IEMed Mediterranean Yearbook 2017



Country Profiles

Geographical Overview

Strategic Sectors


Mediterranean Electoral Observatory

Migrations in the Mediterranean

The Euro-Mediterranean Association Agreements

Signature of Multilateral Treaties and Conventions

The Mediterranean in Brief


List of the Organisms Consulted for Drawing Up Tables, Charts and Maps

Country Abbreviations in Charts and Maps

Acronyms and Abbreviations

Index of Tables

Index of Charts

Index of Maps




Senén Florensa

President of the Executive Committee
European Institute of the Mediterranean (IEMed),

Upon studying the Mediterranean Region, there is unfortunately the sensation of running on a loop. The problems in the region seem be to festering and the progress made, despite being highly significant, seems small against the magnitude of some of the problems being experienced across the Mediterranean area.

Despite its major advances, the contemporary world has reached a point of uncertainty, facing major challenges in all spheres: violent conflicts, wars, indiscriminate terrorism, the effects of climate change, new types of security threats, such as cyberattacks or manipulation of public opinion, an increase in economic inequality as a result of the economic crisis, etc. Furthermore whereas in the face of such problems, the rise of xenophobic populisms and exclusionary nationalisms do not make it easy to handle these uncertainties.

The Mediterranean area must not only rise to the challenges caused by these uncertainties, but it is at the heart of a number of them. Middle East conflicts continue to be the Gordian knot of world geopolitics. The war in Syria, whose local actors keep changing position as the war develops, continues to demonstrate the geopolitical labyrinth in which world powers, regional leaders and those who aspire to become ones, make their play on a chessboard full of destruction and death. A conflict that, with the expulsion of millions of refugees from conflict zones and together with the precarious situation in Libya, has exacerbated one of the elements most difficult to manage, human movement across the Mediterranean. Thus, every year a humanitarian crisis repeats itself, for which European countries have not succeeded in finding a solution that meets both border management criteria and the essential matter of humanitarian aid.

Hence the selection of topics for the Yearbook has become an exercise in precision, as it attempts to combine the most relevant aspects of current affairs with reflection on subjects that, although having a lower media profile, determine development in the Mediterranean Region to a large extent.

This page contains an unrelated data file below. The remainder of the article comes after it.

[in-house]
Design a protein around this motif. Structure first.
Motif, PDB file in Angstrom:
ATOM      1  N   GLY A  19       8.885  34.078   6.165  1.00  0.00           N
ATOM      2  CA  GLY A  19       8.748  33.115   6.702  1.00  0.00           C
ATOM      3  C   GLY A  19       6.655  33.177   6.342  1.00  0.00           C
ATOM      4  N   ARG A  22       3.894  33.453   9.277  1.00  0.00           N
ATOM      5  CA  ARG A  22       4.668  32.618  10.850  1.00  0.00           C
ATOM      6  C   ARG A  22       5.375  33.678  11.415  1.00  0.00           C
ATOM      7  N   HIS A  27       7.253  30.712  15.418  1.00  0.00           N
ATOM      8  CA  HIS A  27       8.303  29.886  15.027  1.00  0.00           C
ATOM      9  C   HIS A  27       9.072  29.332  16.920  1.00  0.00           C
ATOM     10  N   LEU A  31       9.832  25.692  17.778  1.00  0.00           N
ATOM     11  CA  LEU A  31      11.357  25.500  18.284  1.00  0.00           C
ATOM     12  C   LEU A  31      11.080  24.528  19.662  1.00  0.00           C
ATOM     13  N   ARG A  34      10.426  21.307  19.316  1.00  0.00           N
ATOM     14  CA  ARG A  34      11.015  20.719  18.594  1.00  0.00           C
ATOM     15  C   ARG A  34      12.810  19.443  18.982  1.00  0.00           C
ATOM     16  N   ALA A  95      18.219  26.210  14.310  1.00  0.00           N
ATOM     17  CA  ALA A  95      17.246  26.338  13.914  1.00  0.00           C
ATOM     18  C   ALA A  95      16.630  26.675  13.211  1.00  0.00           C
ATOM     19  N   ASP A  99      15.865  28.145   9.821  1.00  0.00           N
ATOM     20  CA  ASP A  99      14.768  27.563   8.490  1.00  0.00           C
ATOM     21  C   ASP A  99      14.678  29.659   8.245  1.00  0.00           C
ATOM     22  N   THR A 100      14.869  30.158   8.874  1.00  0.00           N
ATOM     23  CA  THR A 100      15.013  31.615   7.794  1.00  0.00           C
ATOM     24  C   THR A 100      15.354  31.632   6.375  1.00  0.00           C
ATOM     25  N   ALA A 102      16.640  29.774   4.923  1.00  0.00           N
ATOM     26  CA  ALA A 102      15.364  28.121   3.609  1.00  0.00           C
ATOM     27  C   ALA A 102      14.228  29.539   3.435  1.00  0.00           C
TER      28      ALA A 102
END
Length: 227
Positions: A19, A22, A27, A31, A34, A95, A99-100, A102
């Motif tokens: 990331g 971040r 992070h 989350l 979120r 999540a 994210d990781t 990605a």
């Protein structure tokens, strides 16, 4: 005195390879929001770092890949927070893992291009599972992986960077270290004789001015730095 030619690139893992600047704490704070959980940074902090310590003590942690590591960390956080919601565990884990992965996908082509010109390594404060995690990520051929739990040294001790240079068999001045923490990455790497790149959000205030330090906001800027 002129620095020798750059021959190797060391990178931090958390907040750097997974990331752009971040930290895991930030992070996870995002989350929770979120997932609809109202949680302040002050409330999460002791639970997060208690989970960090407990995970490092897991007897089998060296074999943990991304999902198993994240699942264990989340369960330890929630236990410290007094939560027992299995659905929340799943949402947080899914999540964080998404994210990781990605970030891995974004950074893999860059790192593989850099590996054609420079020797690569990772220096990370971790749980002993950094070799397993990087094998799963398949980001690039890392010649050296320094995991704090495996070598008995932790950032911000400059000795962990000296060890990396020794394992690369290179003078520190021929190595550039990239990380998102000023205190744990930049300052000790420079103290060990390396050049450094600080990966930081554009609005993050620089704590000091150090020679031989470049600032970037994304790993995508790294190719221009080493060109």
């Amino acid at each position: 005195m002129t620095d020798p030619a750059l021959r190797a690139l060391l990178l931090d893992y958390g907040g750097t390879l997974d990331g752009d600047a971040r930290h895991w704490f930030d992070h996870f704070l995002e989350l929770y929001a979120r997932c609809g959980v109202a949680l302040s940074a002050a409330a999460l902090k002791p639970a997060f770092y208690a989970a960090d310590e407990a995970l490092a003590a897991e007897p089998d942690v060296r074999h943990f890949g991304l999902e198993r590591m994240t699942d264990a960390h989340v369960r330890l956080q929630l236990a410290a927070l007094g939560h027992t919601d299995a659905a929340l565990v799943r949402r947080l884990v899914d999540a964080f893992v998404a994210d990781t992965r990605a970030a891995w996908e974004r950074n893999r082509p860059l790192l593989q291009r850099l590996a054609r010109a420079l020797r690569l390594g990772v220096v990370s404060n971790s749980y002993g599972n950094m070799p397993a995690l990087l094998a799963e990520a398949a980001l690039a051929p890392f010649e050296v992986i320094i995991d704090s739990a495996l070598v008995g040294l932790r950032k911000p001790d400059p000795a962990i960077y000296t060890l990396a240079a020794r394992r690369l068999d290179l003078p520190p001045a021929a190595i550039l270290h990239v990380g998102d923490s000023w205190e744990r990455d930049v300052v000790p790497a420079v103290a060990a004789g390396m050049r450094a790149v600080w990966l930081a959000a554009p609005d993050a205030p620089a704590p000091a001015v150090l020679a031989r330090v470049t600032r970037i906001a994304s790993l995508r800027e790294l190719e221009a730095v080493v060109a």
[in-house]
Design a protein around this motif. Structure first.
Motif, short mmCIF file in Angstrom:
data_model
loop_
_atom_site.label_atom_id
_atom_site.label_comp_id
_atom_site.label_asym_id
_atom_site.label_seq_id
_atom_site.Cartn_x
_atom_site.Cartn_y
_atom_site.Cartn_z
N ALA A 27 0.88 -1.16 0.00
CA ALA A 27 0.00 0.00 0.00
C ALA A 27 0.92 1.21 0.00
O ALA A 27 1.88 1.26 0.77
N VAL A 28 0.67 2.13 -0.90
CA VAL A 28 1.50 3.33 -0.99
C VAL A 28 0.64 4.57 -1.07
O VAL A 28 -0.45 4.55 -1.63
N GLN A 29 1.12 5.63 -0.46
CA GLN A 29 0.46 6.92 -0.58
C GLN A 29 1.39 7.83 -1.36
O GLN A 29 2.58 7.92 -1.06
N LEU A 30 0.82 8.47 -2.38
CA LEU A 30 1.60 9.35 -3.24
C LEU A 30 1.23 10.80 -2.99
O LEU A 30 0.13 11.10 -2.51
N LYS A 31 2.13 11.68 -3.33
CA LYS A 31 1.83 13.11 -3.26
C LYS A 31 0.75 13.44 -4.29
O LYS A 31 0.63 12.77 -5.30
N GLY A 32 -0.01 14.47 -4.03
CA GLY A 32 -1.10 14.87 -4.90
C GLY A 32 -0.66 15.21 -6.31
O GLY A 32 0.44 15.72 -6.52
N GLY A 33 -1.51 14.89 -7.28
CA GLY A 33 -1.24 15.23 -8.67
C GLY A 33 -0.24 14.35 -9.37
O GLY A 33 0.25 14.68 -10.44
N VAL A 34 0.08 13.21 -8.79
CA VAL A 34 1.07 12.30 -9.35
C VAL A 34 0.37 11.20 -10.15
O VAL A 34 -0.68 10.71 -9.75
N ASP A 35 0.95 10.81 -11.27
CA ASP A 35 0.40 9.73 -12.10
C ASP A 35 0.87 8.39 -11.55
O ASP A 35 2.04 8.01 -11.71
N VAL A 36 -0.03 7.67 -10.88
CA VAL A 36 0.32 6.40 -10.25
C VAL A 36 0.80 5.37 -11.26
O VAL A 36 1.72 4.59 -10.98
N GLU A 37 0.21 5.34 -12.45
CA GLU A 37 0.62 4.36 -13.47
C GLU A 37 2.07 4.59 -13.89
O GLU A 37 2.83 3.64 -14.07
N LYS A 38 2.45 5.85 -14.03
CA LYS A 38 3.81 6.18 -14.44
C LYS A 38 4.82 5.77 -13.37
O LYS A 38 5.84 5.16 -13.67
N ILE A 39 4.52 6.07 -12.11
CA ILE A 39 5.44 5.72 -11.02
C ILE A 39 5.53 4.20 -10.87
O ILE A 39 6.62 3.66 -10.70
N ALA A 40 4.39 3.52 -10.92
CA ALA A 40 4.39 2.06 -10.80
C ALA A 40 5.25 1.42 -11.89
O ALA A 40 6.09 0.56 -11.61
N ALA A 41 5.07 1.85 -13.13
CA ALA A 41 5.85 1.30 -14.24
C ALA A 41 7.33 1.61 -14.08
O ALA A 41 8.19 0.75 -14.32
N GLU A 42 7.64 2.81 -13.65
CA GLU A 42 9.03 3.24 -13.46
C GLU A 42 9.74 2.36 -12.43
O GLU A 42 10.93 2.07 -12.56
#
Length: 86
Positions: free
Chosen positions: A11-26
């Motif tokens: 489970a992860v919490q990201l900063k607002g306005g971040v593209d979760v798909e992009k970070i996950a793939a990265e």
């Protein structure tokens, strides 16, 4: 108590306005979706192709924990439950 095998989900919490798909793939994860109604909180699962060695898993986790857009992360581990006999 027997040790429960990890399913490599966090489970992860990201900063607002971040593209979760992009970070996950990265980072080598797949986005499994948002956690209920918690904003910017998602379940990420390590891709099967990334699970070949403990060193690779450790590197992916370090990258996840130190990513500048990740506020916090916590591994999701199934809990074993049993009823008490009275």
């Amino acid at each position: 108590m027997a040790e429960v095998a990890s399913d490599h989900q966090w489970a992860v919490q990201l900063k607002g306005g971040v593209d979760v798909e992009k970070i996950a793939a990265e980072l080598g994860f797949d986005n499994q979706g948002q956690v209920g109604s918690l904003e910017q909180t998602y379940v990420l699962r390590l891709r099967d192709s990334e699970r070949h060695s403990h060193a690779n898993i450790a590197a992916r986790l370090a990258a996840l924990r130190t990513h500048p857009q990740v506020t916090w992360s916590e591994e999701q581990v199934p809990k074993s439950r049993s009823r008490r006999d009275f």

Insofar as the Keys section of this year’s edition, the Yearbook kicks off with a topic that has unfortunately been prominent in each and every edition: conflict in the Middle East. In the 2017 edition, 100 years after the Balfour Declaration, 50 years after the Six Day War and 30 after the First Intifada, the time seems right to spotlight the Arab-Israeli conflict as the featured topic of the year, which, though it has not been gaining as much media attention due to the war in Syria, continues to be present and to determine much of the situation in the Middle East. The topic is approached from various angles, emphasizing both the internal dimension of each party and the international dimension of the conflict.

The second of this year’s Keys focuses on the future of Europe and the challenges facing the European Union. The future of the Mediterranean Region is intrinsically linked to that of the European Union. Euro-Mediterranean relations will largely determine the future of the region, and this is why a crisis of the European project does not bode well. Regarding topics related to the EU crisis, we chose to discuss aspects such as Brexit, the rise of populisms and the refugee crisis, all factors that have shaken the European edifice. Nonetheless, these symptoms can give rise to a remedy for the EU project. Although no satisfactory solution to the refugee crisis that is in keeping with European values has yet been found, Eurosceptic populism has threatened but failed to achieve quotas of power in the main countries of the continent. Although Brexit is certainly a failure of European integration, negotiations have, for now, been a show of unity among the rest of European countries. Seen with optimism, if countries have the political will, the EU crisis of the past few years could lend new impetus towards advancing and deepening European unity. The progression of Euro-Mediterranean relations, for its part, will depend on the role of Mediterranean European countries in the Union.

The problems in the region seem to be festering and the progress made seems small against the magnitude of some of the problems being experienced

The third of this year’s Keys focuses on the debate of ideas within Islam. A debate on the future of Islam, or, in the words of some of the authors regarding the reform of Islam, which, beyond political interests, centres on the conciliation of religious tradition with the demands of modern civilization, with its values and limitations. Three articles (centring on the debate of ideas, reform theories and the singularity of Islam in Europe) analyse debates and proposals underway on reform within Islam in an extremely complex framework of relations between religion, society and politics. The result of this process will be decisive for the future of the Muslim world, prevailing over the threats embodied by both the arbitrary violence of jihadi terrorism and the most extreme fundamentalism, or the interventionism of world powers.